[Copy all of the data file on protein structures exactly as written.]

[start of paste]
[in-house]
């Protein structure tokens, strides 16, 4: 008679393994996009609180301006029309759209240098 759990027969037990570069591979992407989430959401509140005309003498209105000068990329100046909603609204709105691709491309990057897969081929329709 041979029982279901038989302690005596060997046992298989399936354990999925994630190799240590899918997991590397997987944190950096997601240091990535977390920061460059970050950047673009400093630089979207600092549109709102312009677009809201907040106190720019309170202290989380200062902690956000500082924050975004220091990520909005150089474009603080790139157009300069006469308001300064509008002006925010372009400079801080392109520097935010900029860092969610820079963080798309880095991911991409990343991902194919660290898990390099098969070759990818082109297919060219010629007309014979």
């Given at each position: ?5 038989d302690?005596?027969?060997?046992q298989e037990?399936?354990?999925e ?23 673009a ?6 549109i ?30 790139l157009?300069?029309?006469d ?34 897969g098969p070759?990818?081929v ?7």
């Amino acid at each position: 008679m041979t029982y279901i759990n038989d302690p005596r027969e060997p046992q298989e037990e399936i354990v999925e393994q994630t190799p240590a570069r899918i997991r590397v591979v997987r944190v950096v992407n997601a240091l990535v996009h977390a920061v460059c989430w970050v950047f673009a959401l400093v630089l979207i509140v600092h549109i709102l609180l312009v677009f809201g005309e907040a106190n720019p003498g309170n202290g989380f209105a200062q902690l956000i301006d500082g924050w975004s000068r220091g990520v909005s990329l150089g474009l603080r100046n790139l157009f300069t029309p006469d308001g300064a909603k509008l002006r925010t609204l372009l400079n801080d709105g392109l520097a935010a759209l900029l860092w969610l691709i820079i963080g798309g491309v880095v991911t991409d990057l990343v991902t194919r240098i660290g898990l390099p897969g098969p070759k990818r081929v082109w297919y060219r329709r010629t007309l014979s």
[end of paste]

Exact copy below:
[in-house]
């Protein structure tokens, strides 16, 4: 008679393994996009609180301006029309759209240098 759990027969037990570069591979992407989430959401509140005309003498209105000068990329100046909603609204709105691709491309990057897969081929329709 041979029982279901038989302690005596060997046992298989399936354990999925994630190799240590899918997991590397997987944190950096997601240091990535977390920061460059970050950047673009400093630089979207600092549109709102312009677009809201907040106190720019309170202290989380200062902690956000500082924050975004220091990520909005150089474009603080790139157009300069006469308001300064509008002006925010372009400079801080392109520097935010900029860092969610820079963080798309880095991911991409990343991902194919660290898990390099098969070759990818082109297919060219010629007309014979």
């Given at each position: ?5 038989d302690?005596?027969?060997?046992q298989e037990?399936?354990?999925e ?23 673009a ?6 549109i ?30 790139l157009?300069?029309?006469d ?34 897969g098969p070759?990818?081929v ?7």
């Amino acid at each position: 008679m041979t029982y279901i759990n038989d302690p005596r027969e060997p046992q298989e037990e399936i354990v999925e393994q994630t190799p240590a570069r899918i997991r590397v591979v997987r944190v950096v992407n997601a240091l990535v996009h977390a920061v460059c989430w970050v950047f673009a959401l400093v630089l979207i509140v600092h549109i709102l609180l312009v677009f809201g005309e907040a106190n720019p003498g309170n202290g989380f209105a200062q902690l956000i301006d500082g924050w975004s000068r220091g990520v909005s990329l150089g474009l603080r100046n790139l157009f300069t029309p006469d308001g300064a909603k509008l002006r925010t609204l372009l400079n801080d709105g392109l520097a935010a759209l900029l860092w969610l691709i820079i963080g798309g491309v880095v991911t991409d990057l990343v991902t194919r240098i660290g898990l390099p897969g098969p070759k990818r081929v082109w297919y060219r329709r010629t007309l014979s």